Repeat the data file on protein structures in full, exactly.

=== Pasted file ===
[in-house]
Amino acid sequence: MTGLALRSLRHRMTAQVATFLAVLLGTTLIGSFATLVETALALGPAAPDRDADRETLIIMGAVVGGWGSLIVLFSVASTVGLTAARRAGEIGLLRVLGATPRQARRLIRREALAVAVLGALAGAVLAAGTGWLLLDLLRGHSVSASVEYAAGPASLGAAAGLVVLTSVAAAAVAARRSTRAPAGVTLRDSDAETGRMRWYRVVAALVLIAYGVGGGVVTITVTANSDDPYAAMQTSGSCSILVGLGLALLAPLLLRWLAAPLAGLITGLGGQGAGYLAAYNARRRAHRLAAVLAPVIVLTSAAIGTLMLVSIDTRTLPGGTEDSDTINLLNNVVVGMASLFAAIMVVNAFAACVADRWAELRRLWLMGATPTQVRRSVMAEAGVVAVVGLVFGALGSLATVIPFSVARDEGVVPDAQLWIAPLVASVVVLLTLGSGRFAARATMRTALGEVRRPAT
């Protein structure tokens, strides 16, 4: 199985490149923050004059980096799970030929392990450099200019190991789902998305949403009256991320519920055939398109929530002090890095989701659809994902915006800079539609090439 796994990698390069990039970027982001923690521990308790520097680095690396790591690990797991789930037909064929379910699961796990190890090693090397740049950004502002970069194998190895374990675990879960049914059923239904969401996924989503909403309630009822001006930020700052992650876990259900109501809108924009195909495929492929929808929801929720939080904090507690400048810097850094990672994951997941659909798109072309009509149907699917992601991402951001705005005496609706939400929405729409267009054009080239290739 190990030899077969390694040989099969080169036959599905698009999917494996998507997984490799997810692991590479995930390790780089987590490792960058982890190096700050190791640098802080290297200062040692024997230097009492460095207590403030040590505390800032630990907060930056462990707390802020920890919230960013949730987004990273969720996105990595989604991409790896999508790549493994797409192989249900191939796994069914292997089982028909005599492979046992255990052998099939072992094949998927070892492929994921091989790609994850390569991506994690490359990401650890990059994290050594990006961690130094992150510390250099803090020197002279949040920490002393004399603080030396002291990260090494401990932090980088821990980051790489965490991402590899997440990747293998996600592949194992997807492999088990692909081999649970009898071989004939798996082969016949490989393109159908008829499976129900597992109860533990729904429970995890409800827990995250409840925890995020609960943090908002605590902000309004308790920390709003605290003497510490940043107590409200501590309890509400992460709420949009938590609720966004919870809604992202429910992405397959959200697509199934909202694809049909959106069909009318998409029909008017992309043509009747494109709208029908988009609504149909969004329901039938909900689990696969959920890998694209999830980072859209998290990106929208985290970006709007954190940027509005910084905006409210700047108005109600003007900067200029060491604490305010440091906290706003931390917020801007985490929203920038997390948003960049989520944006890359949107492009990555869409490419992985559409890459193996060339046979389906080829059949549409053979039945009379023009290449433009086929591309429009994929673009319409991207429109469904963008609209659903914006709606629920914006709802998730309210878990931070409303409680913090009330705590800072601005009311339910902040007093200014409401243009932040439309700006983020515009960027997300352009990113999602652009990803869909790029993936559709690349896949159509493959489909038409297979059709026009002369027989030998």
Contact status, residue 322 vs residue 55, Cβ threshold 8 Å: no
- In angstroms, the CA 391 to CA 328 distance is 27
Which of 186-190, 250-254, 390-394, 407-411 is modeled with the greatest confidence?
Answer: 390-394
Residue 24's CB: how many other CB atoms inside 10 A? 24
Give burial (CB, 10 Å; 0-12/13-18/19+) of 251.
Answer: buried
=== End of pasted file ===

[in-house]
Amino acid sequence: MTGLALRSLRHRMTAQVATFLAVLLGTTLIGSFATLVETALALGPAAPDRDADRETLIIMGAVVGGWGSLIVLFSVASTVGLTAARRAGEIGLLRVLGATPRQARRLIRREALAVAVLGALAGAVLAAGTGWLLLDLLRGHSVSASVEYAAGPASLGAAAGLVVLTSVAAAAVAARRSTRAPAGVTLRDSDAETGRMRWYRVVAALVLIAYGVGGGVVTITVTANSDDPYAAMQTSGSCSILVGLGLALLAPLLLRWLAAPLAGLITGLGGQGAGYLAAYNARRRAHRLAAVLAPVIVLTSAAIGTLMLVSIDTRTLPGGTEDSDTINLLNNVVVGMASLFAAIMVVNAFAACVADRWAELRRLWLMGATPTQVRRSVMAEAGVVAVVGLVFGALGSLATVIPFSVARDEGVVPDAQLWIAPLVASVVVLLTLGSGRFAARATMRTALGEVRRPAT
């Protein structure tokens, strides 16, 4: 199985490149923050004059980096799970030929392990450099200019190991789902998305949403009256991320519920055939398109929530002090890095989701659809994902915006800079539609090439 796994990698390069990039970027982001923690521990308790520097680095690396790591690990797991789930037909064929379910699961796990190890090693090397740049950004502002970069194998190895374990675990879960049914059923239904969401996924989503909403309630009822001006930020700052992650876990259900109501809108924009195909495929492929929808929801929720939080904090507690400048810097850094990672994951997941659909798109072309009509149907699917992601991402951001705005005496609706939400929405729409267009054009080239290739 190990030899077969390694040989099969080169036959599905698009999917494996998507997984490799997810692991590479995930390790780089987590490792960058982890190096700050190791640098802080290297200062040692024997230097009492460095207590403030040590505390800032630990907060930056462990707390802020920890919230960013949730987004990273969720996105990595989604991409790896999508790549493994797409192989249900191939796994069914292997089982028909005599492979046992255990052998099939072992094949998927070892492929994921091989790609994850390569991506994690490359990401650890990059994290050594990006961690130094992150510390250099803090020197002279949040920490002393004399603080030396002291990260090494401990932090980088821990980051790489965490991402590899997440990747293998996600592949194992997807492999088990692909081999649970009898071989004939798996082969016949490989393109159908008829499976129900597992109860533990729904429970995890409800827990995250409840925890995020609960943090908002605590902000309004308790920390709003605290003497510490940043107590409200501590309890509400992460709420949009938590609720966004919870809604992202429910992405397959959200697509199934909202694809049909959106069909009318998409029909008017992309043509009747494109709208029908988009609504149909969004329901039938909900689990696969959920890998694209999830980072859209998290990106929208985290970006709007954190940027509005910084905006409210700047108005109600003007900067200029060491604490305010440091906290706003931390917020801007985490929203920038997390948003960049989520944006890359949107492009990555869409490419992985559409890459193996060339046979389906080829059949549409053979039945009379023009290449433009086929591309429009994929673009319409991207429109469904963008609209659903914006709606629920914006709802998730309210878990931070409303409680913090009330705590800072601005009311339910902040007093200014409401243009932040439309700006983020515009960027997300352009990113999602652009990803869909790029993936559709690349896949159509493959489909038409297979059709026009002369027989030998």
Contact status, residue 322 vs residue 55, Cβ threshold 8 Å: no
- In angstroms, the CA 391 to CA 328 distance is 27
Which of 186-190, 250-254, 390-394, 407-411 is modeled with the greatest confidence?
Answer: 390-394
Residue 24's CB: how many other CB atoms inside 10 A? 24
Give burial (CB, 10 Å; 0-12/13-18/19+) of 251.
Answer: buried